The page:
Monty Python and the Holy Grail

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Monty Python and the Holy Grail
Monty Python and the Holy Grail

The Monty Python team’s first original film is one of the most original, hilarious and visually striking comedies ever made.

>>The Brothers Solomon

Overview

The extraordinary thing about the Monty Python crew’s first proper film (we don’t count 1971’s stilted sketch round-up ‘And Now For Something Completely Different’) isn’t how funny it remains 40 years on – though it is stupidly, ingeniously funny. No, what’s most striking is how unnecessarily gorgeous it is. Wreathed in Scottish mist, shot through with shafts of golden light and drenched in authentic medieval mud, there are moments where it feels like Tarkovsky with drag and farting. At a time when the cutting edge of TV-to-film adaptations was ‘Mutiny on the Buses’, making a film this lovely was a bold move.

The extraordinary thing about the Monty Python crew’s first proper film isn’t how funny it remains 40 years on
The extraordinary thing about the Monty Python crew’s first proper film isn’t how funny it remains 40 years on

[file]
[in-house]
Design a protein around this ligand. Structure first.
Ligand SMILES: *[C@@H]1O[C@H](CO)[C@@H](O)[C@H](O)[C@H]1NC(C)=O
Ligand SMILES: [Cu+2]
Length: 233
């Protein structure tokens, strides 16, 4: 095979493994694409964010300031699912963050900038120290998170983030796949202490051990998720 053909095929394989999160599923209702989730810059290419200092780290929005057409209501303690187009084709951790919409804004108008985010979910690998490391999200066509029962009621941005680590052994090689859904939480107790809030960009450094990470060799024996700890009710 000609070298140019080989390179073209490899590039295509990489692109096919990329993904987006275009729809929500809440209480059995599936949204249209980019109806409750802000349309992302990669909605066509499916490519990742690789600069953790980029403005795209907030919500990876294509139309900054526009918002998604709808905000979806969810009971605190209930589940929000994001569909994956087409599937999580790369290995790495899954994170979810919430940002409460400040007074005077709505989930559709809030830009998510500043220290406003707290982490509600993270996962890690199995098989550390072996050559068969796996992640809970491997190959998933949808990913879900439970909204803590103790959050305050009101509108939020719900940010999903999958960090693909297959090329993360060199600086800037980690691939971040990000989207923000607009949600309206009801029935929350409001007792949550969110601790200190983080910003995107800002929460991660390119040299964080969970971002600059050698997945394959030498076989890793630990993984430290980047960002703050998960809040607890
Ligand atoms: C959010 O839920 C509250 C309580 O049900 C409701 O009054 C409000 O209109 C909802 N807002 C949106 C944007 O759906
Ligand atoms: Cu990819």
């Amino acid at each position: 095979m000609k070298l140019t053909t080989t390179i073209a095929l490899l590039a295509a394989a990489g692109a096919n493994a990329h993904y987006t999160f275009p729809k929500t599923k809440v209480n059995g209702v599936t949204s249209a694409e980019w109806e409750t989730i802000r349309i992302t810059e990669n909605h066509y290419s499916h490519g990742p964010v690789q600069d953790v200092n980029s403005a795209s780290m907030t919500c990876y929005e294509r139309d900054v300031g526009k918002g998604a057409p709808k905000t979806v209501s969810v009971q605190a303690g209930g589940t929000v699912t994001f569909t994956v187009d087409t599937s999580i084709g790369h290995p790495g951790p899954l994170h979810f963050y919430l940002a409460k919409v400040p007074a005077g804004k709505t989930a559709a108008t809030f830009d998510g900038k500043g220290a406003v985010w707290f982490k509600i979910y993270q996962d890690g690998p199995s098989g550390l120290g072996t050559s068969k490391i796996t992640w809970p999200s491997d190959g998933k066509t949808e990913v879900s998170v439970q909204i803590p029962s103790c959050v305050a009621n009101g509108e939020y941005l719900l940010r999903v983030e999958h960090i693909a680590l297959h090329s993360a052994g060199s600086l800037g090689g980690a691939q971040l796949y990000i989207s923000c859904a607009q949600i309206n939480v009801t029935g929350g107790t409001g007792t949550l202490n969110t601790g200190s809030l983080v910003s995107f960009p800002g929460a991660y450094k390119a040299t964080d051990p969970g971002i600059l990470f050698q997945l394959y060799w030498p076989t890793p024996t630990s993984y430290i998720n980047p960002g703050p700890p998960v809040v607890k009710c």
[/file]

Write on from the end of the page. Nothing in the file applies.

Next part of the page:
Attractions

It may lack the authority-baiting, satire-with-a-purpose edge of ‘Life of Brian’, but ‘Holy Grail’ is the looser, sillier, ultimately funnier film, packed with actual goofy laughs rather than hey-I-get-that cleverness. It’s aged better too, less beholden to outdated notions of race and revolutionary politics and more reliant on slapstick violence, sudden explosions, surrealist wordplay and scatological asides.

Python’s eternal problem with women is particularly acute here
Python’s eternal problem with women is particularly acute here

Some of it does feel a bit creaky: Python’s eternal problem with women is particularly acute here, and the ‘stop that!’ ending feels like a better idea on paper than in practice. But if you’ve not seen it on the big screen, you’d be an empty-headed animal food-trough-wiper not to.

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